In July, as part of the Creative Youth Development National Partnership’s stakeholders’ meeting, Mass Cultural Council took the opportunity to host a cohort of international guests to spark a conversation on how the field of practice looks around the world.
With a varied roster of national and local agencies, educators, artists, and academia from South Korea, Scotland, India, Australia, Norway, and New Zealand, our guests participated actively in the first two days of the national meeting, getting to know their colleagues and their programs but most importantly our young people, their needs, and their capacity.
After the national convening was over, our international cohort met to distill the findings of the previous days. Led by veteran teaching artist Eric Booth, we engaged in an incredibly fertile conversation, in which different models and approaches were presented, all unified by the importance of empowering young people and nurturing creativity as an integral part of our communities. The richness and diversity helped us prove that the work of Creative Youth Development occurs in a myriad ways, and opened up a larger conversation in finding opportunities to better support it.
We are grateful to have connected with these distinguished guests and thank them for their outstanding participation and contribution to this gathering:
- Dr. Yujin Hong and Hyejin Yang, Korean Arts and Education Service
- Joan Parr, Creative Scotland
- Brad Haseman, Queensland University of Technology
- Marit Ulvund, Seanse Center at Volda University College
- Shubhendra Rao, Sangeet4All
- Lee Martelli, Creative New Zealand
- Francis Cummings, Sistema Scotland
- Morten Christiansen, Norwegian Council for Schools of Music and Performing Arts
Mass Cultural Council is committed to continuing these conversations, and in them, we are hoping to bring in as many of our grantees as possible, showcasing them as examples of excellent practice, and always looking for ways to improve our capacity in this exciting field of practice.
Americans for the Arts is administering the first-ever field survey on Creative Youth Development on behalf of the Creative Youth Development (CYD) National Partnership. Organizations and programs were invited to participate in the survey on Aug. 23, 2017 and are encouraged to complete the survey trough the unique link sent to them on that date. Questions about the survey may be sent to email@example.com. Others wishing to participate in the study, can do so at the following link: https://surveys.americansforthearts.org/s3/2017-CYDP-Survey.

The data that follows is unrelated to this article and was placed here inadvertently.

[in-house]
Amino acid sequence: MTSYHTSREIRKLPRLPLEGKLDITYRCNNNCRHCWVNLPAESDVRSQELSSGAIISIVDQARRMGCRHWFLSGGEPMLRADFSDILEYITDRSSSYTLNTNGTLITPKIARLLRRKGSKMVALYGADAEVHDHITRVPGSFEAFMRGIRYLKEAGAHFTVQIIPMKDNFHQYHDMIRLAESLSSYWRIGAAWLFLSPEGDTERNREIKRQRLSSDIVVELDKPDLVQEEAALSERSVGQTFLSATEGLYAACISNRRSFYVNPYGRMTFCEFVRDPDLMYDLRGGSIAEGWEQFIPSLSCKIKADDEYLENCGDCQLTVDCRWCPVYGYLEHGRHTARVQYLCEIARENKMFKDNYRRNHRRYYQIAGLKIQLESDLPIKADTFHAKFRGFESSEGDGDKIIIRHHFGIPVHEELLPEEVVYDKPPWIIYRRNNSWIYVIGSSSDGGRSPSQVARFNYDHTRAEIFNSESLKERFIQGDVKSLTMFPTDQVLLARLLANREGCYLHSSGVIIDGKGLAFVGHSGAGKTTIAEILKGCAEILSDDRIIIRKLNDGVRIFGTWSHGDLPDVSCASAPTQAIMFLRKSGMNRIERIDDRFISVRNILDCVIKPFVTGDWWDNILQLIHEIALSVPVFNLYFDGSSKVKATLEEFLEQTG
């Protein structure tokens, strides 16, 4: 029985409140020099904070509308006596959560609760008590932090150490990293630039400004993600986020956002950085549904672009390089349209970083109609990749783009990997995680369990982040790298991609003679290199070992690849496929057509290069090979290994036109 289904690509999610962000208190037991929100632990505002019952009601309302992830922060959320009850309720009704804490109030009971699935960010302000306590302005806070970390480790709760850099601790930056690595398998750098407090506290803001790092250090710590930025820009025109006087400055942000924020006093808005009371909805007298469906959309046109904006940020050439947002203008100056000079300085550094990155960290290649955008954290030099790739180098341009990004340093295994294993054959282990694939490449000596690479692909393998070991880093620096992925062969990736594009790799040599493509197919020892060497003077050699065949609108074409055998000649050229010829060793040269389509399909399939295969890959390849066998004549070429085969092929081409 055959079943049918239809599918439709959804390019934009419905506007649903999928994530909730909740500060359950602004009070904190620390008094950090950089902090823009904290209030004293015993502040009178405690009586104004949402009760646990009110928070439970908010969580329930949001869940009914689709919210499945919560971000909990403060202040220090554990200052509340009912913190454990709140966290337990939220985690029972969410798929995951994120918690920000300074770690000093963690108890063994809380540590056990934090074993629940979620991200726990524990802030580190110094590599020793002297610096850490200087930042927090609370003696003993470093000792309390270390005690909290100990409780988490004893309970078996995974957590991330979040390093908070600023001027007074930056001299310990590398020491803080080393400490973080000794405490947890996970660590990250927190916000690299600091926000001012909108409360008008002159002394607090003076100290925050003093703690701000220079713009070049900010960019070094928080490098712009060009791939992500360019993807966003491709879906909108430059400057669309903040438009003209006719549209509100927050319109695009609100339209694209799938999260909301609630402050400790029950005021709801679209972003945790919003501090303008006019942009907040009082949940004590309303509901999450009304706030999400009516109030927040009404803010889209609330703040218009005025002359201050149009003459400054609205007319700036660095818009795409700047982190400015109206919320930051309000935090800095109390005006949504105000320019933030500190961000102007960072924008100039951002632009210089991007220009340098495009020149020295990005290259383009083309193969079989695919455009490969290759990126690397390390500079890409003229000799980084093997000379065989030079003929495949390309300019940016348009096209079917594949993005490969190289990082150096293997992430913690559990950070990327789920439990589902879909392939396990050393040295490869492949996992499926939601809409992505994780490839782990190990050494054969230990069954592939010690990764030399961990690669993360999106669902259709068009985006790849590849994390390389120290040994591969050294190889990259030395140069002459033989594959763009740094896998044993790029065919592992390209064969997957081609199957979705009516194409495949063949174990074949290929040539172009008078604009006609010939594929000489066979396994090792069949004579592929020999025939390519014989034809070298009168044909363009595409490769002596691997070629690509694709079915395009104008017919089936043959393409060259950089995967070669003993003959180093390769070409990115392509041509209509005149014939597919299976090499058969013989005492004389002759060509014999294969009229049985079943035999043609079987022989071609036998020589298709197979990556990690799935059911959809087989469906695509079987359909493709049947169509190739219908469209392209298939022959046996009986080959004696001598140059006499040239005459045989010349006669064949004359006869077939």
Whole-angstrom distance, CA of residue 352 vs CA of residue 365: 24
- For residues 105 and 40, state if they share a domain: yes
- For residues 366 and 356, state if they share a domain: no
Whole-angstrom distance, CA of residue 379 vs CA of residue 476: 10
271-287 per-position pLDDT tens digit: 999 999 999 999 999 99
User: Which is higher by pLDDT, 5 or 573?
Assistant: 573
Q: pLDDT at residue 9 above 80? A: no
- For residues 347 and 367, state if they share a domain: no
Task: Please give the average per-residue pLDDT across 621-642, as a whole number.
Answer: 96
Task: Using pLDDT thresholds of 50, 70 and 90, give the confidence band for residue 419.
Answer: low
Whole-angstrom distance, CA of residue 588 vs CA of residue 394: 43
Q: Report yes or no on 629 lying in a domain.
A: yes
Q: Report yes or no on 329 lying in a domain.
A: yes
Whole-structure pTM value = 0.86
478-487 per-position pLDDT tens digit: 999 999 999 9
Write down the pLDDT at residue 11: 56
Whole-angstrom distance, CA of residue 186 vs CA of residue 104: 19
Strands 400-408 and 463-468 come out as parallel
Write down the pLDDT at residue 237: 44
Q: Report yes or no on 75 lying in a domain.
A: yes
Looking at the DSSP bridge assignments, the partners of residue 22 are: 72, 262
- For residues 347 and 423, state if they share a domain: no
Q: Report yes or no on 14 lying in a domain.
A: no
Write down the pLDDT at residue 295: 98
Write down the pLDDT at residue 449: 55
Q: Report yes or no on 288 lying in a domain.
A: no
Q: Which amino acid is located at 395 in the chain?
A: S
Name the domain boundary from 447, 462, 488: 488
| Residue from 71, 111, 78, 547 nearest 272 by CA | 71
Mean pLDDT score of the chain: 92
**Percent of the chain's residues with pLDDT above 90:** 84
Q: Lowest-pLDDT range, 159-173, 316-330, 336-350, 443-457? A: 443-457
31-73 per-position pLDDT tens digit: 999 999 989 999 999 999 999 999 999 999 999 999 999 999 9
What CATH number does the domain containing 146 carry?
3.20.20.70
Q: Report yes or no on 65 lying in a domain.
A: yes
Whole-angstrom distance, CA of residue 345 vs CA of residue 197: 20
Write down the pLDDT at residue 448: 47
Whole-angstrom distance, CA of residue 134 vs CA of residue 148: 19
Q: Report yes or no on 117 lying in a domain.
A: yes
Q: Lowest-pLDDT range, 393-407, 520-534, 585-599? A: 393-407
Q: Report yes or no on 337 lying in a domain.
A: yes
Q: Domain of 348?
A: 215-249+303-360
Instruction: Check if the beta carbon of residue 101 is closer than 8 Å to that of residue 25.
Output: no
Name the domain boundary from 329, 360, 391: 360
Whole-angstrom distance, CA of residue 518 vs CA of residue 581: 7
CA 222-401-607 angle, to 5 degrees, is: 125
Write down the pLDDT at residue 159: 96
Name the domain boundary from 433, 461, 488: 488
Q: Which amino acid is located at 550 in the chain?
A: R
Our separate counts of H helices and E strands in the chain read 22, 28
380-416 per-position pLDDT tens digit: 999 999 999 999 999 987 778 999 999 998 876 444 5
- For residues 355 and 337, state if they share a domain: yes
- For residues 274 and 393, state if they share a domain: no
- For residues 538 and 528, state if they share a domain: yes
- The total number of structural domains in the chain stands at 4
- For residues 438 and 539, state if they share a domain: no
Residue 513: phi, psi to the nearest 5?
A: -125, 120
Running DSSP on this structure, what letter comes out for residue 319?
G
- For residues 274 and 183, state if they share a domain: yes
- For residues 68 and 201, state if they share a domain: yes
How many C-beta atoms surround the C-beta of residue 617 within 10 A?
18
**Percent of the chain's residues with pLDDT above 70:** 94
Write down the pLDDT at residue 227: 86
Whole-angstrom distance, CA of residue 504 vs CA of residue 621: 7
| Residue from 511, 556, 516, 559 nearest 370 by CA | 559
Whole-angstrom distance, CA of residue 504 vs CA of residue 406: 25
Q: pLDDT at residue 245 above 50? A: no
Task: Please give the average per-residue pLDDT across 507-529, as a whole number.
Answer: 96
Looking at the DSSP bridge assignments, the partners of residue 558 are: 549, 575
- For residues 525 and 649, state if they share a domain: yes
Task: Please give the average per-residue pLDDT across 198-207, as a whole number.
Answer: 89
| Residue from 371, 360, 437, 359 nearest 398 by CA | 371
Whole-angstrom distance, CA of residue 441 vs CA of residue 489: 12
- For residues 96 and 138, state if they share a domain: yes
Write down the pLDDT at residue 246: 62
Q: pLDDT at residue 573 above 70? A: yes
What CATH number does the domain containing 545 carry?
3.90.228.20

On July 24 and 25, the Creative Youth Development National Partnership will host nearly 100 leaders from across sectors in Boston for the 2017 CYD National Stakeholder Meeting with a charge to broaden and deepen the impact of Creative Youth Development throughout the United States and the world. This group will include practitioners, youth, funders, policy makers, thought leaders, researchers and government officials who all recognize CYD as a vehicle for positive youth outcomes.
We invited Katie Wyatt and Dalouge Smith to share a conversation around two different models of growing creative youth development programming at the city and state level.
Katie Wyatt is the Founder and Executive Director of KidzNotes and the Executive Director of El Sistema USA. Dalouge Smith is the President and CEO of the San Diego Youth Symphony and a national leader in crafting an inclusive future of music and education in and out of schools.
Their conversation provides insight into the challenges and successes of working with public schools to achieve community goals, the potential policy implications and challenges that are facing this work today, and the gap between rural and urban environments. The recording is approximately 1 hour long and features a curated discussion by these two innovative leaders.
Hear the recording by selecting the player above, or read the transcript.